By Emily Eveland
By Sarah Stanley-Ayre
By CP Staff
By Zach McCormick
By Jack Spencer
By Sarah Stanley-Ayre
By Rob van Alstyne
By Zach McCormick
I work over at the movie theater and it[']s so hard for us to go places like on our halfs because of all the traffic on the other side of I-90[.] I know this would take time and effo[r]t to raise money for something like this....But have you ever though[t] [of putting] a walk ramp over I-90 from the side the movie theater is on to the other side of i-90 over by Taco Time[?] Please take my idea into consideration[.] Thanks
--posting on the official Issaquah, Washington, home page
Hardly as backwoods as hallowed Aberdeen, yet less cosmopolitan than, say, Tacoma, the Seattle satellite-suburb of Issaquah splits along Gilman Avenue, the outdated alias assumed by Interstate 90 as it lumbers westward, tossing up scattered off-ramps in its wake. Plenty of room here for cars to park and roam and align bumpers in choked sprawls. Room for humans, too. Too much room, in fact, for any single person to find his place, though also too wide-open a space to ever give cover.
This is The Lonesome Crowded West. The title of the 1997 breakthrough album from suburban Washington's Modest Mouse pretty much summed up the Issaquah of the mind that post-boom American indie-rock had become. Not that you might feel alone in a crowd, but that you will. That you did. Last night even, shoulder-to-elbow in the club while distorted major-sevenths rang with hollow abandon and some tousled wraith in a Sunny Day T-shirt raised his voice from sulk to shriek onstage. Modest Mouse filled this vacuum of faith with an intriguing echo of the old, unruly punk community, and a nation of sloppy punters unfolded their arms and crossed their fingers, wondering if a cash infusion from Epic Records would encourage the band to articulate this isolation or only to increase it.
With The Moon and Antarctica, Modest Mouse stay true to their core ambivalence, rhyming for the sake of riddling, and charting a road trip to the wasteland of "Tiny Cities Made of Ashes," which might seem ominous if that title didn't rhyme with "Gonna punch you in your glasses." Similarly, lines like "I'm gonna look out the window of my color TV" or the schizoid "How do/How do you do/My name is you" bespeak a slight leaning toward Floydian stoned reveries. Singer-guitarist Issac Brock even wanders in search of answers to questions such as (in all caps, from the CD booklet) "WHERE DO CIRCLES BEGIN?"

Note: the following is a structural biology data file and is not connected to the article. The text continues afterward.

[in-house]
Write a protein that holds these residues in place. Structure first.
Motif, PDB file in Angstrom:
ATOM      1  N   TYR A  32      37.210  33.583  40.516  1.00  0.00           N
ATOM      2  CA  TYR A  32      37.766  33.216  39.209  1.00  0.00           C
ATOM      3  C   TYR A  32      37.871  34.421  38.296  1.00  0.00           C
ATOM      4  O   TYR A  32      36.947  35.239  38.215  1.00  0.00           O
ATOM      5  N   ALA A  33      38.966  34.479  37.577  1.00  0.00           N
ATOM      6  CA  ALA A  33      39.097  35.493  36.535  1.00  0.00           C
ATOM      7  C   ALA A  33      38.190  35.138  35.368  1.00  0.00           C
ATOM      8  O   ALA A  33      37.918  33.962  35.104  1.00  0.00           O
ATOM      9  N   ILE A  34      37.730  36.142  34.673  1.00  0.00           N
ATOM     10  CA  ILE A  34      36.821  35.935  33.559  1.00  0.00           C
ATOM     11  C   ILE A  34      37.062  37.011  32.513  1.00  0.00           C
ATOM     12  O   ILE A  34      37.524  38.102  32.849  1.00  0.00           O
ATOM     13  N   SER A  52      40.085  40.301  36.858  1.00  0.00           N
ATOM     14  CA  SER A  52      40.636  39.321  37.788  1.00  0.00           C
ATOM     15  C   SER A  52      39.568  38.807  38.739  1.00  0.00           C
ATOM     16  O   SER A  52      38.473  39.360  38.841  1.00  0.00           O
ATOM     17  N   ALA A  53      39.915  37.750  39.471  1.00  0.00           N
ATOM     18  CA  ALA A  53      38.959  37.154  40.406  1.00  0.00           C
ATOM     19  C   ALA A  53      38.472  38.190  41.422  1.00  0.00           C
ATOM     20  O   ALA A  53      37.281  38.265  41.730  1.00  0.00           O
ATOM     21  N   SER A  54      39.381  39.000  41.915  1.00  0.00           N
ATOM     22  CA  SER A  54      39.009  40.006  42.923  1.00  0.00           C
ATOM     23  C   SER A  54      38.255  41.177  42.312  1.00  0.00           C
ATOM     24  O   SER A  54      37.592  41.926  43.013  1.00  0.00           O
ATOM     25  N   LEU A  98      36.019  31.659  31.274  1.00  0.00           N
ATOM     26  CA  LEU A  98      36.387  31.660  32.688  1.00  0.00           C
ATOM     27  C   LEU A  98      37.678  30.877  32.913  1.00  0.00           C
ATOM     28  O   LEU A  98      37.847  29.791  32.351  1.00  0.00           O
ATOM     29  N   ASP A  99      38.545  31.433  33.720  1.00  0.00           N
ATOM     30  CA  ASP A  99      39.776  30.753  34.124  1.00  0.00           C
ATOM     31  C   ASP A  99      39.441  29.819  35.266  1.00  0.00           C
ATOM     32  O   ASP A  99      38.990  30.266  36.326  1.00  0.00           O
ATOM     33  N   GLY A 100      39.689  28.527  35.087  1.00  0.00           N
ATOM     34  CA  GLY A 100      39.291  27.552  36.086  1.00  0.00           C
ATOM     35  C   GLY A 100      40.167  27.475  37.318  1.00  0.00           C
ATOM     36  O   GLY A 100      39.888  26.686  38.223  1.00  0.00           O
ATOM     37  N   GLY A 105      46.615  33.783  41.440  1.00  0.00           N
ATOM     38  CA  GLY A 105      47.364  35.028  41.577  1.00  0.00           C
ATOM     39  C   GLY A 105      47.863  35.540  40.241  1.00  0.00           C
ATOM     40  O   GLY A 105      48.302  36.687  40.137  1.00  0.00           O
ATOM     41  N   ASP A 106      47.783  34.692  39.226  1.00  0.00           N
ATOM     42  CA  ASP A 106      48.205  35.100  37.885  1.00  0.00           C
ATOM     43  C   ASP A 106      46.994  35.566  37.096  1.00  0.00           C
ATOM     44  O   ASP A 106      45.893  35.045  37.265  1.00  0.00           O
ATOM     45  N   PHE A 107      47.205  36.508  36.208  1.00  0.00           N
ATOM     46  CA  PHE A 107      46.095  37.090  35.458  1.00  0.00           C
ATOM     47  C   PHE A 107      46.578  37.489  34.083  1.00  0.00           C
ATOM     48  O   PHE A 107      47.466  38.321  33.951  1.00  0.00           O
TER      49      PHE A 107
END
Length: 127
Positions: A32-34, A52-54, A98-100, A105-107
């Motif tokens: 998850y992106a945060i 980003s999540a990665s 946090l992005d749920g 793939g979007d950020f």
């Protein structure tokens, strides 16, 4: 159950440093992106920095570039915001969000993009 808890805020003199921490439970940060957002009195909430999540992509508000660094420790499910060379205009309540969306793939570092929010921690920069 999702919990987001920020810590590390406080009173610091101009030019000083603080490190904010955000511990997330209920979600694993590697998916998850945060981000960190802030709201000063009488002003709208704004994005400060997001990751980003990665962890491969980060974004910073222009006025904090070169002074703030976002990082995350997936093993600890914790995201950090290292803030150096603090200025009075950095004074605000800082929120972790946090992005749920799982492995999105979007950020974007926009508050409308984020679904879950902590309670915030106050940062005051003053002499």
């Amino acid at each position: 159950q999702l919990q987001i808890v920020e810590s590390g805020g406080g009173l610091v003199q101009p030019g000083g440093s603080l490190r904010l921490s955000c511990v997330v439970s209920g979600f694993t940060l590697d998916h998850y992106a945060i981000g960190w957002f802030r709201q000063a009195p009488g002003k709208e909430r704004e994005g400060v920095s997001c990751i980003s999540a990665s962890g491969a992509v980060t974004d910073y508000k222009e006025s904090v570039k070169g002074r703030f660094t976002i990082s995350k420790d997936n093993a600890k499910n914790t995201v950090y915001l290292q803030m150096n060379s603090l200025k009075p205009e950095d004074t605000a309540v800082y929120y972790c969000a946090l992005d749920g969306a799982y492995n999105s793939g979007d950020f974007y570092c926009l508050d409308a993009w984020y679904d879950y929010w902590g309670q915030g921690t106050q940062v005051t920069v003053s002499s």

Yet the sound of the band has expanded into a roar to be reckoned with. Brock has encased his whimper in a drawl, which seems at once desiccated and juvenile. Sounding like Doug Martsch of Built to Spill with an involuntarily twitchy wrist, Brock creates guitar fills that are less riffs than ornery fidgets. Meanwhile, bassist Eric Judy and drummer Jeremiah Green battle one another for rhythmic supremacy without losing a beat. This is why bands sell out, friends. Not for the fame. Not for the cash. Not even for the nookie. It's for the sound, the opportunity to etch your free associations on a larger canvas with big-label money and interminable studio sessions while you've still got the chance--or, as Brock quips, "Laugh hard, it's a long way to the bank."
It's also a long way from Issaquah to Modesto, California--850 miles if you stick to the interstates. But conceptually, the distance from The Moon and Antarctica to The Sophtware Slump (V2), by Cali kids Grandaddy, is more easily spanned. Call these discs the parallel dreams of boys lulled into preteen sleep by the traffic noise of the same nearby highway: I-5, the transportation spine of the West Coast. The differences are mostly ones of temperament: Brock peels away layers of flaky solipsism in a vain attempt to expose his inadequacies to the world. Grandaddy singer-guitarist Jason Lytle transmits waves of empathy from his bedroom seclusion into deep space, hoping for some response from beyond.
The stretches of concrete evoked by Grandaddy's 1997 debut, Under the Western Freeway, were littered with the detritus of old Casios, dust-clogged vocoders, and twittering analog relics. Since then, Lytle himself has become a literal synthesizer, channeling his music through makeshift contraptions in the spirit of his hero, Thomas Edison. On "He's Simple, He's Dumb, He's the Pilot," Lytle's frail falsetto suggests both the back-porch warble of Neil Young's "After the Gold Rush" and the processed future rock of Young's Trans. Elsewhere, Lytle haunts a "Broken Household Appliance National Forest," where he enjoys the sight (and the sound) of "mud and metal mixing good."
Not that the residents of his technopastorale know quite what to make of their secondhand future. Take "Jed the Humanoid," a mechanical pal Lytle built from used scraps, who eventually dies of loneliness. (Even irony is of no avail. "I try to sing it/Funny like Beck," Lytle-as-Jed sings, "but it's bringing me down.") What's the point of being a cyborg if you can't shrug off pesky emotions? You wind up like the "Miner at the Dial-A-View," who languishes through a 15-year work stint on the moon, squinting through a telescope for a glimpse of his friends on Earth. Here's prog rock with no faith in progress, a longing for days of future past, with just the barest hope hidden in its jerry-built charm.